Monday, January 5, 2009

What is a season?

I'm so glad it's all over . . . the holiday season, the end of the old year, the ringing in of the new, our travels, the houseguests, the meals, the gifts, all of it. Don't get me wrong. I have loved being with my family and friends. I have loved cooking for my daughter and her partner and their roommate in Massachusetts. I have loved writing the Christmas cards and Christmas letter and thinking about each person as I wrote a message and addressed their card, the first mailing I’ve done in four years. But it is a season and in that sense not normal or part of the everyday life that we get to live all the other days of the year. Because during the holiday season a lot of things get stopped, artificially, even as other things don’t stop at all, because they’re out of our control.

My husband took almost two weeks off of work, and yet work peeked in from time to time uninvited. It usually took the form of an unwanted phone call about some crisis that couldn’t readily be addressed while so many staff were with their families celebrating the holidays. But those phone calls and the underlying crises drilled into my husband’s mind and lurked behind the visit to our adopted Georgian (Republic of) family in New York and our conversations with our daughter. Because they were present for Herb, those crises were also present for me, as a shadow over my moments pondering which dishes and pots and pans to wash first so that I could prepare the next meal.

I consciously decided not to work on my volunteer activities during the two weeks of Christmas and New Year’s, because it’s also a time filled with my son’s birthday on the 22nd, my sister-in-law’s birthday on the 24th, my son’s father and his wife visiting from Beijing on their annual trip, and my brother visiting Mom and us in our home. I was making a conscious attempt to be present to the people I was with during the holidays. But those volunteer activities, my promises to get certain tasks done, others’ depending on me to do those tasks, and the sense of fair play about giving all the other volunteers sufficient time to pick up their pieces weighed upon me. As did the complexity of blended families on top of blended families and a hanai family or two thrown in. (A hanai family is a Hawaiian concept for a family of choice, the people you call into your circle to be family to you and you to them.)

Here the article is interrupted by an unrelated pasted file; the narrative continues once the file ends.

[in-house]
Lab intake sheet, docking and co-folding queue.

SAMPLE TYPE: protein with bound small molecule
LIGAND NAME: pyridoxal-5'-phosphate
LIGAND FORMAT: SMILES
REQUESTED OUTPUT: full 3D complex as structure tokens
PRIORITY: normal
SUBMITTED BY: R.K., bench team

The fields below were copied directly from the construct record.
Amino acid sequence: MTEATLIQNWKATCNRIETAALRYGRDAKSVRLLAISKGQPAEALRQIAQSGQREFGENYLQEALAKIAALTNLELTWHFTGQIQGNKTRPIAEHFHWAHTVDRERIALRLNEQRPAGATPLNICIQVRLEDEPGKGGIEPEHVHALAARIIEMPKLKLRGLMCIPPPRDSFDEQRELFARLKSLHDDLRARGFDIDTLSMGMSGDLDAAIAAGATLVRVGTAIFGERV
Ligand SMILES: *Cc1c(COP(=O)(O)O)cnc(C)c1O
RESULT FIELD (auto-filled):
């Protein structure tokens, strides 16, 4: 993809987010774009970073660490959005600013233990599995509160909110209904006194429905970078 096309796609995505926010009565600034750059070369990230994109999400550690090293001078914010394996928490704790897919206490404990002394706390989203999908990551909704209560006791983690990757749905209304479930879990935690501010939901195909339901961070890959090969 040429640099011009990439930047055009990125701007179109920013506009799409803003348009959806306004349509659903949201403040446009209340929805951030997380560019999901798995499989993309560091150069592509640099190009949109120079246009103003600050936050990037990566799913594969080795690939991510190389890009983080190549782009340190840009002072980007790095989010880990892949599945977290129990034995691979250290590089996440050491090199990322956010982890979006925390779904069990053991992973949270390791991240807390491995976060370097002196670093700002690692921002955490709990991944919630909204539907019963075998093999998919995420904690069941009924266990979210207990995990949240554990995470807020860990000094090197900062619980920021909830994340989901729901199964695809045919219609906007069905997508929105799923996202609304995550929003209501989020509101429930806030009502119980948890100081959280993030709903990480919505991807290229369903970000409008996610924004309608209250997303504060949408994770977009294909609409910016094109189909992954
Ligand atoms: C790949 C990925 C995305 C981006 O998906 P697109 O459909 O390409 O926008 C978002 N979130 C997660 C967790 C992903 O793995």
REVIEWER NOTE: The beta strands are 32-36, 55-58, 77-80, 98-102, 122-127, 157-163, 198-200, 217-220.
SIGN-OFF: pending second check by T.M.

Besides the obvious things that make it a “season,” like the fact that Christmas is a specific celebration packed with significance and the New Year really coming to pass at a fixed time, there is also all the cultural baggage that make it a “season.” Now spring and winter are also seasons, but they don’t feel the way the Christmas holiday season feels. Spring and winter are seasons that I inhabit, that co-exist and surround me. Spring and winter sneak up on me, usually not announcing themselves in a big way, just giving hints that they are around the corner. A brighter morning one day or the arrival of a few returning birds, maybe a single daffodil pushing through the dirt. Noticing the earlier falling of the sun day by day and the chill wind that blows when I leave the warmth of my car. Hints. Little changes that enwrap me and beckon me to attend. Not so with the Christmas holiday season in middle America where I have been barraged with decorations right after Halloween and endless catalogs in the mail offering bargains to make the loved ones in my life happy and love me more.